Transvaginal Mesh is to be Considered Dangerous Despite Effectiveness

In the event that a woman suffers from pelvic organ prolapse (POP), or a number of other traumatic injuries to the vaginal wall, doctors may suggest implanting a transvaginal mesh to strengthen and support the damaged area. Though the use of a transvaginal mesh may be effective, it does carry an increased risk of serious complications. Women who undergo surgery to have a transvaginal mesh implanted may experience episodes of bladder perforation and pelvic hemorrhaging.

In a recent study published in the New England Journalof Medicine, healthcare officials in Europe discovered that transvaginal mesh surgery was better at treating POP than actually stitching the connective tissue in the vaginal wall back together. However, the procedure is not without inherent risk. Many patients experience excessive pain during sex, new urinary incontinence, and a need for revision surgery.

Included in the European study were 389 women who had been treated for POP, a condition in which organs drop and push against the wall of the vagina after muscles holding them become weak or stretched. Out of the 389 women, 200 of them had received a transvaginal mesh implant. The others were treated with a standard colporrhaphy.

Researchers involved in the study found that after one year, about 61% of the women who were treated with a transvaginal mesh did not show the symptoms of prolapse where 34.5% of the women who received a colporrhaphy were symptom free. However, there were a number of potentially serious problems associated with the vaginal mesh. They including reports of inter-operative hemorrhaging. About 3.5% of women who received transvaginal mesh suffered a bladder perforation during the surgery, compared to only 0.5% of the women who received colporrhaphy. The rate of urinary incontinence was nearly doubled, with 12.3% for women who received a mesh experiencing the problem, compared with only 6.3% for a colporrhaphy. Researchers also found that 3.2% of the women who received the mesh required follow-up surgery to correct exposure problems.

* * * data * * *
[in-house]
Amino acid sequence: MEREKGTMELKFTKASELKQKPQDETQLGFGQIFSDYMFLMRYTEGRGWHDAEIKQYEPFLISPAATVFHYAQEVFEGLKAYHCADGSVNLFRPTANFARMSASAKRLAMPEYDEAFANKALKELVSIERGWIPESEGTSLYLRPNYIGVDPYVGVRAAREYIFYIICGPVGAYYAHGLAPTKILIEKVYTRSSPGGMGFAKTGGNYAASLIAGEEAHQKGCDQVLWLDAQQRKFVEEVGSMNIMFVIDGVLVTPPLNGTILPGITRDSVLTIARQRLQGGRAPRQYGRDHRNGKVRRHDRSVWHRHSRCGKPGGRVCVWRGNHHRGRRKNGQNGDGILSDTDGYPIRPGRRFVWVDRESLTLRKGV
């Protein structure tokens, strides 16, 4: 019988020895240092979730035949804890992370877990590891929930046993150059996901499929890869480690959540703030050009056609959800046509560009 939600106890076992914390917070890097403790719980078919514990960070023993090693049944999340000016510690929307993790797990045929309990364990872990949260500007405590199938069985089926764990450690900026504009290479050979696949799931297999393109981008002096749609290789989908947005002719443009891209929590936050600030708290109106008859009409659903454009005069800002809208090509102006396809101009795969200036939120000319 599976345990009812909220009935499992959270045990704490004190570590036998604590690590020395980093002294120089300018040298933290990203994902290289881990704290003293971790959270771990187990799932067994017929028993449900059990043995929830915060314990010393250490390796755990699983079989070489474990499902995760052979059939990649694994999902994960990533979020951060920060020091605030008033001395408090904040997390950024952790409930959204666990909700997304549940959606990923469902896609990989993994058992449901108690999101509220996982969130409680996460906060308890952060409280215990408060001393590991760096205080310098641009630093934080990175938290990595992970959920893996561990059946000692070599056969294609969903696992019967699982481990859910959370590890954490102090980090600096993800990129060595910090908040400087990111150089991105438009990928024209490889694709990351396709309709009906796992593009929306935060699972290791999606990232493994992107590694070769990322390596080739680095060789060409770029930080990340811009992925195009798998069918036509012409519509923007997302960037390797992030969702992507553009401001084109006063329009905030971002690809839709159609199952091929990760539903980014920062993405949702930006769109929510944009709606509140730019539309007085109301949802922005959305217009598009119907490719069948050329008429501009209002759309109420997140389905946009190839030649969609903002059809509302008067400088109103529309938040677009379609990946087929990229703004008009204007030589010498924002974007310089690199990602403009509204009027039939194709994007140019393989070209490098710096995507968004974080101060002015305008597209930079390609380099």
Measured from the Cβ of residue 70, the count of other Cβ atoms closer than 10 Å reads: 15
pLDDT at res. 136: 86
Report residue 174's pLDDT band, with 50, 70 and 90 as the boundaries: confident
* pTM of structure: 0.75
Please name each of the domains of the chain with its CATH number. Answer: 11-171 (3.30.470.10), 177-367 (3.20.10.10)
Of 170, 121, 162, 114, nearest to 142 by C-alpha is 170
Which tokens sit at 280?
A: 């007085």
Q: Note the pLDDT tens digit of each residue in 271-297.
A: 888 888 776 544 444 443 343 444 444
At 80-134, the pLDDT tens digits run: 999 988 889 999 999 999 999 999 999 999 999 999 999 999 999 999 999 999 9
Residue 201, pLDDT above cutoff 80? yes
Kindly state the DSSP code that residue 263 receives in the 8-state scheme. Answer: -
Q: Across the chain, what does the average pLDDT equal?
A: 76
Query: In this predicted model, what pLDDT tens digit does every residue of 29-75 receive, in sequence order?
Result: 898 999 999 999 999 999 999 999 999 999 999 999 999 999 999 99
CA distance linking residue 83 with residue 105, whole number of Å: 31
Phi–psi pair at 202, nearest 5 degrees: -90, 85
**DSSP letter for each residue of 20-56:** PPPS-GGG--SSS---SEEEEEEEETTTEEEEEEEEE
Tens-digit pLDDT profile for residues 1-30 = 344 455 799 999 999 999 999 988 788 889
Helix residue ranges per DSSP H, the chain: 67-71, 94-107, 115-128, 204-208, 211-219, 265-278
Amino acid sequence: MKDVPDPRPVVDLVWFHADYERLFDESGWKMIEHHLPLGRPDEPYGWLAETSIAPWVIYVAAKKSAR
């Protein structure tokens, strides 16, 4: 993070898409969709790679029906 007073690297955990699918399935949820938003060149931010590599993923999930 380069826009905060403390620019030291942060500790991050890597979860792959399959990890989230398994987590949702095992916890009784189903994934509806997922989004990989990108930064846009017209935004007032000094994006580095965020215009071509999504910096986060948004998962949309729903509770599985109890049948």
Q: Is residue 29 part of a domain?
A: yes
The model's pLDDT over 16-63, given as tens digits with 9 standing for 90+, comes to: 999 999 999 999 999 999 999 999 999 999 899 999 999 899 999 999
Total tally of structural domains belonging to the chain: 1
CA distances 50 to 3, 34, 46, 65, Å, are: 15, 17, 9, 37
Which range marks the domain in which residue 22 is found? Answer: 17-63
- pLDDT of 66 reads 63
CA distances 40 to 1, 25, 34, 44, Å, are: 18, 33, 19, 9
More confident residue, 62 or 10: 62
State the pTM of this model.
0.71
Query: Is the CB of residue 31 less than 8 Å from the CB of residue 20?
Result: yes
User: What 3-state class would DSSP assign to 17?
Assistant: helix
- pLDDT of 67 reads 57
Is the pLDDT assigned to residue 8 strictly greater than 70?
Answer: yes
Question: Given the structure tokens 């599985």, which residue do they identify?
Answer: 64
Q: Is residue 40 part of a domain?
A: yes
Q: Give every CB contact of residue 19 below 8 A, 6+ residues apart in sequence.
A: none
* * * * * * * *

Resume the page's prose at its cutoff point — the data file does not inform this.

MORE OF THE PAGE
Though these findings lend weight to the long-suspected link between transvaginal meshes and vaginal wall complications, they come at no surprise to the healthcare community. Complications regarding transvaginal mesh products manufactured by several different companies have triggered numerous product liability lawsuits filed by patients who have fallen victim to infections, erosion of the vaginal mesh and other painful complications. A number of plaintiffs have alleged that companies neglected to design a safe product or properly warn the public of the inherent risks that coincide.

In response to the adverse risks associated with transvaginal meshes, doctors felt the need to publicly express their concern about the apparent dangers. One in particular, Dr. Anne M. Weber, took it upon herself to write a letter to the editor of the American Journal of Obstetrics & Gynecology that acknowledged the lack of information available on transvaginal mesh surgeries. The absence of this information makes it impossible for patients to give informed consent and, therefore, all vaginal mesh surgery should be considered experimental.

Do I have a Transvaginal Mesh lawsuit?

The trial lawyers at The Senators (Ret.) Firm, LLP have decades of experience navigating through complex legislative and regulatory issues and litigating high stakes cases all over the nation. Our law firm focuses on the representation of plaintiffs in transvaginal mesh lawsuits. We are currently accepting new cases in all 50 states.

If you or a loved one was injured by a transvaginal mesh, you may be entitled to financial compensation by filing a transvaginal mesh lawsuit. For a free case review, please click the link below or call toll free 24 hrs/day 1-(949) 557-5800.